Thursday, July 31, 2014

Back to Saratoga

View from the Backstretch, oil on canvas, 4 x 12 in. work in progress

Ever since my first trip to Saratoga, sometime back in the 90's, I've returned several times, always seeing something new, and getting inspired to paint. When I realized my last trip there was in 2006, I knew it was time to go back. Several of my artist friends have been gathering there for the last few years, renting a house, visiting the track, and consuming a lot of ice cream and Mrs. London's pastries. I queried about joining them this year, and thankfully, they were happy to have me join their group.

My previous trips to Saratoga usually consisted of making the rounds of all the galleries and hotel conference rooms exhibiting equine art. This time around, I found that the art scene has changed quite a bit. There are still a few galleries and hotels showing equestrian themed art, but it is mixed with art of other genres, and some of the galleries and artists I remember are no longer there. This trip was less about the art and the horses, and more about the camaraderie of six like-minded individuals. We enjoyed just hanging around together at the house, relaxing and enjoying the time out from our busy lives.

Of course, it wouldn't be a trip to Saratoga without the horses, and on the first day, we all visited the track. We met up with an assistant trainer who was so kind to escort us around to the backstretch, giving us a vantage point that the public doesn't get to see. The beautiful shed row barns of the Saratoga backstretch, with mossy roofs and old-growth trees are so clean and peaceful compared to the noise and clamor of the track.

The following morning brought us to the Oklahoma training track, across Union Avenue from the main track, and now open to the viewing public. We watched horses being galloped, and then washed down, and we even stayed to watch Wise Dan work out. You could tell Wise Dan was a big name by the number of railbirds that turned out to photograph him. Quite likely, at least thirty other people got the same shot I did. The names and reputations of the horses mean very little to me. I am enthralled with the beauty of the sport, the light and the color.

In the morning, you also get to see a lot of Thoroughbreds enjoying a sudsy bath.

And here is a sample of that special light that exists here.

On Saturday, we had the privilege of watching a painting demo by Kimberly Kelly Santini, at Spa Fine Art Gallery. The rest of us meandered back and forth between her demo and Juliet Harrison's book signing for her book Track Life, showcasing her beautiful racetrack photography, with contributions from many other people writing about their impressions of the track.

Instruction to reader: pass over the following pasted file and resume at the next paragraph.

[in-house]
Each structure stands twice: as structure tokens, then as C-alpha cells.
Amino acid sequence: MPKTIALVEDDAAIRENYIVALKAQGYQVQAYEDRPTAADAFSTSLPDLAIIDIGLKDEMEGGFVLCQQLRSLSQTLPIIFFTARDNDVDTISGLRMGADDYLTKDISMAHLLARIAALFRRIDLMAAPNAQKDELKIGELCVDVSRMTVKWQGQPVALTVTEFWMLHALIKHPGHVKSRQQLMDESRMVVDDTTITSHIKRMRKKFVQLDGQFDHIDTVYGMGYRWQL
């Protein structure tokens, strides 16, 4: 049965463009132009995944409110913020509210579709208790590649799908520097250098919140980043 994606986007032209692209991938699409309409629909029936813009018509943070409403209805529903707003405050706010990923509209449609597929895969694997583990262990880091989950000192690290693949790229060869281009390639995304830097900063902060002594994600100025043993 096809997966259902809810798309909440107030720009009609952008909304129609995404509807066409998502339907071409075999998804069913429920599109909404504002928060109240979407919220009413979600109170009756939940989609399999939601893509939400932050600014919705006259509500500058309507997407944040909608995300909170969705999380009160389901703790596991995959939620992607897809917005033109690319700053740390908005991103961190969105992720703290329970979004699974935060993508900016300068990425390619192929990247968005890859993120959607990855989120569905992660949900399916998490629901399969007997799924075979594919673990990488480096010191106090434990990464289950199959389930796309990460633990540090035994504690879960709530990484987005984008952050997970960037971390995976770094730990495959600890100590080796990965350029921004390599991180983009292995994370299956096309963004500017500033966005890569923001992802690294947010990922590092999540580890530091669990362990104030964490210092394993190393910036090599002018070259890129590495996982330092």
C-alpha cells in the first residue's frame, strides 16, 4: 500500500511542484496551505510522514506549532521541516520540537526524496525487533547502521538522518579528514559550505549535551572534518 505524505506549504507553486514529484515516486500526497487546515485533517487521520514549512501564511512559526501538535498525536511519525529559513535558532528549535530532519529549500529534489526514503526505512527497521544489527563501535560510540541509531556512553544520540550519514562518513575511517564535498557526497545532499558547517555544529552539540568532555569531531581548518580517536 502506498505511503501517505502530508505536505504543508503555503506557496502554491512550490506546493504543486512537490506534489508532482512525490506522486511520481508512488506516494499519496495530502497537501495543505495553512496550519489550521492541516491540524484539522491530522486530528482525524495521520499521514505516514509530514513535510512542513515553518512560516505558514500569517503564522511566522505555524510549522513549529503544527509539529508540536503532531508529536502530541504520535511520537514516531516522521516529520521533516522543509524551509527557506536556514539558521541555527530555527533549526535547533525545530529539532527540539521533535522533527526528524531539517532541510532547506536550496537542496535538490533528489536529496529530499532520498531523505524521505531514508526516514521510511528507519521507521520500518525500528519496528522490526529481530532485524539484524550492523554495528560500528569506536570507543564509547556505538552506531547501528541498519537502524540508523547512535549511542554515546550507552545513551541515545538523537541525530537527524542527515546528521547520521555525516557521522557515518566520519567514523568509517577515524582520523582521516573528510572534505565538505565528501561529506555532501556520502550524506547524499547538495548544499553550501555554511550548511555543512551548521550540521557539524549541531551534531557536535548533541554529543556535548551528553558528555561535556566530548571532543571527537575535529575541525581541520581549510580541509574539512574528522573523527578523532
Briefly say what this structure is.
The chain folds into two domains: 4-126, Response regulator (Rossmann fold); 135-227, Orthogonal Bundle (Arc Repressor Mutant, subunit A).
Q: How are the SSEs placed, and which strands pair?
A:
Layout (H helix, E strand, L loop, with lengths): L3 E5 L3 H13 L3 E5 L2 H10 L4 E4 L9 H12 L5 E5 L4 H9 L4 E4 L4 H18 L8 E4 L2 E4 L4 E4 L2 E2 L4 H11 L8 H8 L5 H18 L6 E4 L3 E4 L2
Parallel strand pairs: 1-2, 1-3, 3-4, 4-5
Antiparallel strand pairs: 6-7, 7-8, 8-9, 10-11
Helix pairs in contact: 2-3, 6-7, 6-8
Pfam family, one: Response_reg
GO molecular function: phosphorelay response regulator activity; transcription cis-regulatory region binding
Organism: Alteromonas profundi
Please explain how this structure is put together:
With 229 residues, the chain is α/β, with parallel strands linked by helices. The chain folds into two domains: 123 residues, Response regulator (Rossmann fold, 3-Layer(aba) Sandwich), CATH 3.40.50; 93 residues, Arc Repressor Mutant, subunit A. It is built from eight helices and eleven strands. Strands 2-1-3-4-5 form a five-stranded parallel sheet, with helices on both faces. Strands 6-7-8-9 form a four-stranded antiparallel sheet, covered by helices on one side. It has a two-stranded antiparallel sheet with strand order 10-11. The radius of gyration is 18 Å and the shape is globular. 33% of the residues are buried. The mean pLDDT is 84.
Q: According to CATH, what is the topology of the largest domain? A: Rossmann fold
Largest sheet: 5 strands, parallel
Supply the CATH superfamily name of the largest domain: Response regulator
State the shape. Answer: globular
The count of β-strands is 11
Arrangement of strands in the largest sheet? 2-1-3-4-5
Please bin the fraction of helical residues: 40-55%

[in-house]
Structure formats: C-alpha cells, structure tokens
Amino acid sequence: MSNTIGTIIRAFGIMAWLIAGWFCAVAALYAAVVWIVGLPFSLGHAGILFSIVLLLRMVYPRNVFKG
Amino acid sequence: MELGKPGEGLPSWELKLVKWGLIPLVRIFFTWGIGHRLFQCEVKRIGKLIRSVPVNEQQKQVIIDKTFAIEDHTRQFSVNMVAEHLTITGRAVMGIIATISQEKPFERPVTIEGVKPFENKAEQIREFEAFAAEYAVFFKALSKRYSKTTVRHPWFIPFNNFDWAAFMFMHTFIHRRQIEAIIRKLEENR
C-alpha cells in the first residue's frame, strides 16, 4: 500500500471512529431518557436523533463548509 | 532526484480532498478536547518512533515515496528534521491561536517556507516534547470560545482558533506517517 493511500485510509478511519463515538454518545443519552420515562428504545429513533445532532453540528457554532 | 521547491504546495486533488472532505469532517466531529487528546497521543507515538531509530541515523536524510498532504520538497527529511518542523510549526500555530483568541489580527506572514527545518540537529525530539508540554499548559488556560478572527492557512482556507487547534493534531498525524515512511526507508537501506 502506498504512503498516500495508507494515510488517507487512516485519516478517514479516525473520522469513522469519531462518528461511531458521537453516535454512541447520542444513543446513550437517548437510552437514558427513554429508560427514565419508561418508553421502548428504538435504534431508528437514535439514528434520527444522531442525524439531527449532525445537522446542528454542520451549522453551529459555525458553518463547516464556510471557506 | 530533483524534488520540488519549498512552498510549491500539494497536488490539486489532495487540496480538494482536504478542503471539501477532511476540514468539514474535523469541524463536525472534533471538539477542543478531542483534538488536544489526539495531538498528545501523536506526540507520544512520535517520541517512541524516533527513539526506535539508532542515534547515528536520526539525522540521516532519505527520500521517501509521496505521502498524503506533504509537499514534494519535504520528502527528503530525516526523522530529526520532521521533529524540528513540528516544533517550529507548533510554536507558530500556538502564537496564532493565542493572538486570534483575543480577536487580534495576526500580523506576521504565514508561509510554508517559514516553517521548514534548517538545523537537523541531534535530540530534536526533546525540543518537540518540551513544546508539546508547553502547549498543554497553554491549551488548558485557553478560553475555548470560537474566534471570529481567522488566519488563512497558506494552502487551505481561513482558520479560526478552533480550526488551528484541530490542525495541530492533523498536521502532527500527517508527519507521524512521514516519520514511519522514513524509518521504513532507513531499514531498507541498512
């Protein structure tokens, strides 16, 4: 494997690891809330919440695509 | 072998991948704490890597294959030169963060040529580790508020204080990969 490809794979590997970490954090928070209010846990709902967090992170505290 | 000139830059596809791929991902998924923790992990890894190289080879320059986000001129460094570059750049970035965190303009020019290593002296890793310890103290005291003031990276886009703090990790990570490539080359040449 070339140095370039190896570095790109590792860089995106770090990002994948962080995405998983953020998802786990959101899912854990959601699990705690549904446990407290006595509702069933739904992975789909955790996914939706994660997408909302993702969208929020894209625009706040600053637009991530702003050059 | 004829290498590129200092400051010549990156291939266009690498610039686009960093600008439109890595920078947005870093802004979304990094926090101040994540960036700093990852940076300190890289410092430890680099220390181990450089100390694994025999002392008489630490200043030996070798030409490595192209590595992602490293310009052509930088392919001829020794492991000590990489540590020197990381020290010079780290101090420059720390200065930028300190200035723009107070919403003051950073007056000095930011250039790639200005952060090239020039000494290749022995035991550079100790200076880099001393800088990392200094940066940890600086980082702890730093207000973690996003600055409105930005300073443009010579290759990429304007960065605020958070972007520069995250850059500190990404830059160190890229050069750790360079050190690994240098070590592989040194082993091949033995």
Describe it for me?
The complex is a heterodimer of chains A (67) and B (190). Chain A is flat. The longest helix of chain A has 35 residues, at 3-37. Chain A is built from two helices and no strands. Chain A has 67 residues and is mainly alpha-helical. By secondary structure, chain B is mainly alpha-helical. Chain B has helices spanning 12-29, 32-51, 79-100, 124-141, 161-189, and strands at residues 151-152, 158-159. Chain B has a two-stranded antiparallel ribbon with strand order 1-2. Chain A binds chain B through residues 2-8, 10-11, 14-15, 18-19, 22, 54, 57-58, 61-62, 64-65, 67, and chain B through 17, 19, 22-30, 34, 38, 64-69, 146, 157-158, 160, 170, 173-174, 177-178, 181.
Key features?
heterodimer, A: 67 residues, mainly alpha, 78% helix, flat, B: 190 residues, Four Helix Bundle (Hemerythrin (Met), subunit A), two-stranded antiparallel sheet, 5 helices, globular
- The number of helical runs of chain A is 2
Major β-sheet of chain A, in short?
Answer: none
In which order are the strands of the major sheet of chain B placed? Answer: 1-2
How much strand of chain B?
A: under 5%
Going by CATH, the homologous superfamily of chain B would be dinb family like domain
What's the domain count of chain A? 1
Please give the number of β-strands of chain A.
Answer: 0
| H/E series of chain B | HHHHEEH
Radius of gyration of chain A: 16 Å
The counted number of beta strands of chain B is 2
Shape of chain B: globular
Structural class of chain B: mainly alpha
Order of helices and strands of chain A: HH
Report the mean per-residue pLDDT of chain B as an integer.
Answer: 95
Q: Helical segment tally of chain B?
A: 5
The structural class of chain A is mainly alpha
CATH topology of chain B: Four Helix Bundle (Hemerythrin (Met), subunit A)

On the last day, it was one last visit to the track, where I managed to win 7.70 with my only bet of the day on this number 2 horse in the second race. Disclaimer: It was actually my husband's bet. He asked me before I left to put $2.00 on the 2 horse in the 2nd race. He didn't specify which day. It my luck that there were only four horses in the race, thus increasing my odds, since many had scratched because of the muddy conditions.

And I leave you with this. Aren't you glad your job isn't this dirty?

Monday, May 12, 2014

As many of you know, I am somewhat known for creating this Horse Alphabet poster. This began as an art school assignment, to create an alphabet, and the first version was in pen and ink. After graduating, I reworked the alphabet in color, and had it printed into a poster. It was my first foray into entrepreneurship, and a sizeable investment in four-color printing. I soon had a stack of brown-paper wrapped 18 x 24 posters, one thousand of them, and I began selling them at the RISD Alumni sales, and other art show venues. A few shops ordered wholesale, a t-shirt company licensed them for shirts, and slowly, my investment began to pay for itself. I had to hire an accountant to learn how to file a Schedule C, report sales taxes, do inventory, and such. I found a supplier for poly bags, paper tubes, and then bigger tubes for wholesale orders. The posters were my bread and butter at art sales. I could always count on poster sales to at least break even on my booth fees. After some time, my pile of brown wrapped packages began to dwindle, and I ordered a second printing. I designed thank-you cards using my alphabet letters, and licensed my design to a lovely local company called Wild Horsefeathers, which has used the letters for tees and sweatshirts, totes and other things.